The New York Section of the American Chemical Society awarded Smyth the William H. Nichols Medal in 1954.[11] He was elected to the American Philosophical Society in 1932 and the National Academy of Sciences in 1955. He was a fellow of the American Physical Society and a member of the American Chemical Society and the Royal Society of Chemistry.[5]

World War IIEdit

Smyth joined the U.S. Navy Reserve in 1937 and was commissioned as a lieutenant commander. He resigned in 1941.[1] From 1943 to 1945 he worked on deuterium in the Manhattan Project,[7] mostly from Princeton.[1] He also served as a consultant to the War Department.[5]

In 1945, close to the end of the war in Europe, Smyth joined the covert Operation Alsos. The 50-year-old chemist flew to Europe to help determine the state of the German nuclear weapons program and capture equipment and personnel. At an abandoned factory in Celle he discovered a centrifuge used for uranium enrichment, inspiring a frantic effort to find Paul Harteck. Smyth also hunted Paul Herold, Eberhardt Elbel,[12] and a Professor Osenberg.[13] Smyth was awarded the Medal of Freedom for his work with Alsos.[10]

Later years and legacyEdit

Smyth remained active in chemistry later in life, publishing a review paper as late as 1982. In 1987 he and his wife Emily moved to Bozeman, Montana, where he died on March 18, 1990.[7]

After his death, Emily endowed a chair in the Chemistry Department in his name. When she died in 2009, she endowed an additional two assistant professorships.[14] The sitting and to date only Charles Phelps Smyth Professor of Chemistry is Herschel Rabitz.[15]


  1. ^ a b c d e f g h i j k l m Kauzmann, Walter; Roberts, John D. (2010). Charles Phelps Smyth, 1895–1990 (PDF). National Academy of Sciences. Retrieved 2011-10-26.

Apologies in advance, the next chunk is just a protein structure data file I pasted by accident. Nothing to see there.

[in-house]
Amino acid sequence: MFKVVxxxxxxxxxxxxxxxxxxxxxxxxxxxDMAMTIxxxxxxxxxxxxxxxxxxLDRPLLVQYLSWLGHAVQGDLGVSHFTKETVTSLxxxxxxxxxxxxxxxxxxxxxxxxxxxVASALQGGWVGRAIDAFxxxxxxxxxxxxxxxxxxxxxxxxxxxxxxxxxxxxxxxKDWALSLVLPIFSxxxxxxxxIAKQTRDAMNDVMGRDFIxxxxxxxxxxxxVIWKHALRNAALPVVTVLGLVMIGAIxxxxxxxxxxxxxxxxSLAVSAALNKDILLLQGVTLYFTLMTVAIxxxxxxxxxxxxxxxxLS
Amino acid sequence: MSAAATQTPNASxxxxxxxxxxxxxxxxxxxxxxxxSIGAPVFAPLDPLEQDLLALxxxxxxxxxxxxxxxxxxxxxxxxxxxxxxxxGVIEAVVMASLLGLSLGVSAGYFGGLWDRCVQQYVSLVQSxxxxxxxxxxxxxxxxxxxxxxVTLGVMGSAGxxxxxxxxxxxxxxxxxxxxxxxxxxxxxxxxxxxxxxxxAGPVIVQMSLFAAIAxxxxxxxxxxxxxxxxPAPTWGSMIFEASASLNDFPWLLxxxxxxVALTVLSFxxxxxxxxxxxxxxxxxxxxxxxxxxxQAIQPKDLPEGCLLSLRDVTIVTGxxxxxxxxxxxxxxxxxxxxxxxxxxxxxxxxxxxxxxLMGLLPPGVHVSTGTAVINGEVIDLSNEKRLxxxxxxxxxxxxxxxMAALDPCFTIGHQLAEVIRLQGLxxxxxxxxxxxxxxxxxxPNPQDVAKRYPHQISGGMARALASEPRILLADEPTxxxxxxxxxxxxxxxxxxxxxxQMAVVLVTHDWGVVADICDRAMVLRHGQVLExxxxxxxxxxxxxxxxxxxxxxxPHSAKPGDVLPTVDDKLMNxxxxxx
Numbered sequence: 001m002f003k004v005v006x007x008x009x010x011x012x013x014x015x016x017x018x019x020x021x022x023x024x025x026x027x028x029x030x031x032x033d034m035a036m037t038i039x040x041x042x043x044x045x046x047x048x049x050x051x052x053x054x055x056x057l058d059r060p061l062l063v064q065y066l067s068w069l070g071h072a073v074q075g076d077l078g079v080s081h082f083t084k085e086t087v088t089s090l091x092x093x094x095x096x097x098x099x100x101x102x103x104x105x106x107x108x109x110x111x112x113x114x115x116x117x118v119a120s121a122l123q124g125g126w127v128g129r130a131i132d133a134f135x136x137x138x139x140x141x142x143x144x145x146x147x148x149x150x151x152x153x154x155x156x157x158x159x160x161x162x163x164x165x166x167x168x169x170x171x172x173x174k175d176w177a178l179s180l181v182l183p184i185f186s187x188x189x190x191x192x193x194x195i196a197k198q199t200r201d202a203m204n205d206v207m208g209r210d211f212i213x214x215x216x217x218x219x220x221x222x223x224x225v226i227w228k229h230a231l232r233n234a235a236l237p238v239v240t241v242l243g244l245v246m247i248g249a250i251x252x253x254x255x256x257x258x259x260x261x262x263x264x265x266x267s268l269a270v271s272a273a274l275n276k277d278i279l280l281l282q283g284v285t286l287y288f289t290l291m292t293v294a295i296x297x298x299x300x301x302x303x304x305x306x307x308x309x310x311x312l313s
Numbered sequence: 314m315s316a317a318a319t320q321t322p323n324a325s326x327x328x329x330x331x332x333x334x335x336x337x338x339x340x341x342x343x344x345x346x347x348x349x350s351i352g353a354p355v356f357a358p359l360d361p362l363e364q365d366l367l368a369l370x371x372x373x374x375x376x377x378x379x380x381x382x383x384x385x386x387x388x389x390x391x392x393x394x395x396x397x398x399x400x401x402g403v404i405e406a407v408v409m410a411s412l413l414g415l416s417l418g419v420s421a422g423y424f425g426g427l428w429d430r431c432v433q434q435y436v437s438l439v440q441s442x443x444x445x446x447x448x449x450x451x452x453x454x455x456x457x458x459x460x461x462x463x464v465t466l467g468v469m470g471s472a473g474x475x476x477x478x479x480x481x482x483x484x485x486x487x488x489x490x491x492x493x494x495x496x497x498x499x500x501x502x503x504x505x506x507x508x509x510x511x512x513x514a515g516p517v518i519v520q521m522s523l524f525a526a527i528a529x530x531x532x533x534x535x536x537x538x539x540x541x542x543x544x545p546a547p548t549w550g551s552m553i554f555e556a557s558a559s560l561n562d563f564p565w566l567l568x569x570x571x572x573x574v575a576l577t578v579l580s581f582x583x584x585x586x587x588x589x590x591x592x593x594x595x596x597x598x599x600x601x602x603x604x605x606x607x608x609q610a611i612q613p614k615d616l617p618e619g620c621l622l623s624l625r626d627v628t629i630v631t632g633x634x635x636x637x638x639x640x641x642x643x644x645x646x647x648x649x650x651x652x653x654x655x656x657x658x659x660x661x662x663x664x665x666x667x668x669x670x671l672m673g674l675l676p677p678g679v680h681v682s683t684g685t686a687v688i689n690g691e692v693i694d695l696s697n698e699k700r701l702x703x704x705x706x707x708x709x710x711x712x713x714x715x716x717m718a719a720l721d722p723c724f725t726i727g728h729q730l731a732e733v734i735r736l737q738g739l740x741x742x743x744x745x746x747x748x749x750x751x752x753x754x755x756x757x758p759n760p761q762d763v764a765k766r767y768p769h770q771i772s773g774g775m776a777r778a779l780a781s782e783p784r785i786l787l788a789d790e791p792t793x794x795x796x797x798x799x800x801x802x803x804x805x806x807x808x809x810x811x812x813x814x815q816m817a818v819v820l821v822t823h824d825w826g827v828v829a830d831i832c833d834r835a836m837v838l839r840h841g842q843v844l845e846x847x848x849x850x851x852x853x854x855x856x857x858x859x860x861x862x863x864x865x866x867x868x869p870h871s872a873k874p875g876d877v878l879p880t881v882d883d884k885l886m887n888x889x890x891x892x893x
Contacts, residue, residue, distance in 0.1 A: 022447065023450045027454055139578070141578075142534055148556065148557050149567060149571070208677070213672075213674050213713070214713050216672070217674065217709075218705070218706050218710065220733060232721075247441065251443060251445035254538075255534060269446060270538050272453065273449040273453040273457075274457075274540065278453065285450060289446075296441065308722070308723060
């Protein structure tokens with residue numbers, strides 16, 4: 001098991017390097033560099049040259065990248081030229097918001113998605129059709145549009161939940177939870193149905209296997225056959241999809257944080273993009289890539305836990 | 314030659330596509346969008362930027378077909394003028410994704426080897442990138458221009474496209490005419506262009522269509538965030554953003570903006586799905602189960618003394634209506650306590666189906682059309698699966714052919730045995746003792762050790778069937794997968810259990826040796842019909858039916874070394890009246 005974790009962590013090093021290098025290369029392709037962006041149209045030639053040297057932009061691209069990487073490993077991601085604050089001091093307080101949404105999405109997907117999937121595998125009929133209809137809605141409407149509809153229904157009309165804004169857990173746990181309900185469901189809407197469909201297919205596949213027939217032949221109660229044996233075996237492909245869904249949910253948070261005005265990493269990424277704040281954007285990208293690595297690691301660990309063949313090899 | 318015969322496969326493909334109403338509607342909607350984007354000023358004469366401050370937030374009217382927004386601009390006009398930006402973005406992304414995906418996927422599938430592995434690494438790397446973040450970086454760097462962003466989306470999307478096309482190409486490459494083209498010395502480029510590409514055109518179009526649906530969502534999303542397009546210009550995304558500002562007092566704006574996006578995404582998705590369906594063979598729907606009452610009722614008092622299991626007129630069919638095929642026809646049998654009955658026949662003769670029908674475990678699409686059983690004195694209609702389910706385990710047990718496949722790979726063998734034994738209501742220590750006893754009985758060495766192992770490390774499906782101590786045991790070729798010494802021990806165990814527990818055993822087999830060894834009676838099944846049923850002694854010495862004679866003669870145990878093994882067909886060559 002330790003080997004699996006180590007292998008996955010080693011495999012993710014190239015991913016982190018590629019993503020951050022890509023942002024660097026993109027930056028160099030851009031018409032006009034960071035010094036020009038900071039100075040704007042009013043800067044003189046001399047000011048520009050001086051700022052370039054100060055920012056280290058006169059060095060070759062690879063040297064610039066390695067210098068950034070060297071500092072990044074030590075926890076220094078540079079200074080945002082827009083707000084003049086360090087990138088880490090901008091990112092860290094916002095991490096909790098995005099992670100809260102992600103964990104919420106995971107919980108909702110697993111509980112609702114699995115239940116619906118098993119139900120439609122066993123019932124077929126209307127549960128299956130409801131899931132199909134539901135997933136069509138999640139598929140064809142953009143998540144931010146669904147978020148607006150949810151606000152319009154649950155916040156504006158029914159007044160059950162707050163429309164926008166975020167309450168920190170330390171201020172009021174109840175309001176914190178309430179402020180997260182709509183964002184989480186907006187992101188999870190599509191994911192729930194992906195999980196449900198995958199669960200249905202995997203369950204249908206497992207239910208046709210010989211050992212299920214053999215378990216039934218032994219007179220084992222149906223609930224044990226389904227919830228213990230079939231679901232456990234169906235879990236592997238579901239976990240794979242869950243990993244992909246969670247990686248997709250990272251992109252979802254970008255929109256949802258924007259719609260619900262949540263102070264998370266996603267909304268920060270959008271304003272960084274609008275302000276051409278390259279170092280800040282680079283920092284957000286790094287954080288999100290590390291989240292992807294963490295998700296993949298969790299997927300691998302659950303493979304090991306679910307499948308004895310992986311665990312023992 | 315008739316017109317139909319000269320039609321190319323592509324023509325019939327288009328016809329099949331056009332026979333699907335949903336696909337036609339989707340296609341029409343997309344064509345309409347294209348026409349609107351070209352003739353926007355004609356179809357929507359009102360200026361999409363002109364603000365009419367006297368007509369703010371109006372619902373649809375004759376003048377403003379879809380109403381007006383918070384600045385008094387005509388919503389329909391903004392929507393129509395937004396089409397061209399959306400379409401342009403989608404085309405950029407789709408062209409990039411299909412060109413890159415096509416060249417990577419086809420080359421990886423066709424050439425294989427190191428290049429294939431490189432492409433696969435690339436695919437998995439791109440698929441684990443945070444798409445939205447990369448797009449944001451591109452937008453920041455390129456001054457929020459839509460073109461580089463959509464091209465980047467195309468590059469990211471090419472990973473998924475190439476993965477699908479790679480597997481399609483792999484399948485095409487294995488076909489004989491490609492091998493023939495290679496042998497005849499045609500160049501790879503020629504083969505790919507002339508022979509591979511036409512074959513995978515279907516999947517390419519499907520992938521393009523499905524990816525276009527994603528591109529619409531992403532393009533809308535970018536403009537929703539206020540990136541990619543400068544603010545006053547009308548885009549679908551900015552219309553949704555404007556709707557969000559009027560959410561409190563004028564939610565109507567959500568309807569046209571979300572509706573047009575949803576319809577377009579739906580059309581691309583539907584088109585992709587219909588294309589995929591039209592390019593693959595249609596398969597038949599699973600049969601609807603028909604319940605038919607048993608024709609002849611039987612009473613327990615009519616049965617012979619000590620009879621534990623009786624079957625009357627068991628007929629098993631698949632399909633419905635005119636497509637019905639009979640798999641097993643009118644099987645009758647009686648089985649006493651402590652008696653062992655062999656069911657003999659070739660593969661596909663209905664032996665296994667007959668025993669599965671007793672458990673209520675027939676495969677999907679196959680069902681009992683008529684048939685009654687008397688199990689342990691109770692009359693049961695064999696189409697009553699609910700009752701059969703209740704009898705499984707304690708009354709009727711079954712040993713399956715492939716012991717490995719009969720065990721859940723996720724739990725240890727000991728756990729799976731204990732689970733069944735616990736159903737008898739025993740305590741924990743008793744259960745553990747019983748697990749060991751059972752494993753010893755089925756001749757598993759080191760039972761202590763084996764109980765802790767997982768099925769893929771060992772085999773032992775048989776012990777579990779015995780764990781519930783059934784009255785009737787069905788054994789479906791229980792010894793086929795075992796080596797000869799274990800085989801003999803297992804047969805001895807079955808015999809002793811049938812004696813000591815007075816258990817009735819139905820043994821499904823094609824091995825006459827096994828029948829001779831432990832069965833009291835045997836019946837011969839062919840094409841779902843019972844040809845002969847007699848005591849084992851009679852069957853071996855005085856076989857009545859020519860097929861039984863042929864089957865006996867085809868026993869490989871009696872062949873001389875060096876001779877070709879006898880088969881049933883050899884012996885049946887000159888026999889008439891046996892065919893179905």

2. ^ Hunt, Morton M. (1949-11-12). "Mr. Atom". The Spokesman-Review.
  3. ^ a b "Henry DeWolf Smyth papers, 1885–1987". American Philosophical Society. Archived from the original on 2012-04-29. Retrieved 2011-10-26.
  4. ^ Schwartz, Rebecca Press (Sep 2008). The making of the history of the atomic bomb: Henry DeWolf Smyth and the historiography of the Manhattan Project (Ph.D. thesis). Princeton University.
  5. ^ a b c Foderaro, Lisa W. (1990-03-25). "Charles Smyth, 94; chemistry professor worked on A-bomb". The New York Times. Retrieved 2011-10-26.
  6. ^ "About Princeton Day School: History". Princeton Day School. Archived from the original on 2011-09-28. Retrieved 2011-10-26.
  7. ^ a b c d e Center for Oral History. "Charles P. Smyth". Science History Institute.
  8. ^ Sturchio, Jeffrey L.; Doel, Ronald E. (30 May 1986). Charles P. Smyth, Transcript of an Interview Conducted by Jeffrey L. Sturchio and Ronald E. Doel in Princeton, New Jersey on 30 May 1986 (PDF). Philadelphia, PA: Chemical Heritage Foundation.
  9. ^ Princeton University Library. "William O. Baker Papers, 1912–2008". Archived from the original on 2012-05-15. Retrieved 2011-10-29.
  10. ^ a b Princeton University Library (2009). "Charles Phelps Smyth Papers, 1918–1995". Archived from the original on 2012-05-15. Retrieved 2011-10-29.
  11. ^ New York Section of the American Chemical Society. "NY-ACS Nichols Medalists". Retrieved 2011-10-29.
  12. ^ Mangravite, Andrew (Summer 2011). "Hot pursuit". Chemical Heritage Magazine. Retrieved 2011-10-29.
  13. ^ Goudsmit, Samuel A. (1996). Alsos. Springer. p. 93.
  14. ^ Princeton University (January 2010). "A family (faculty) chair". Retrieved 2011-10-29.
  15. ^ "Herschel A. Rabitz: personal and professional vita". Princeton University Department of Chemistry. Archived from the original on 2010-11-15. Retrieved 2011-10-29.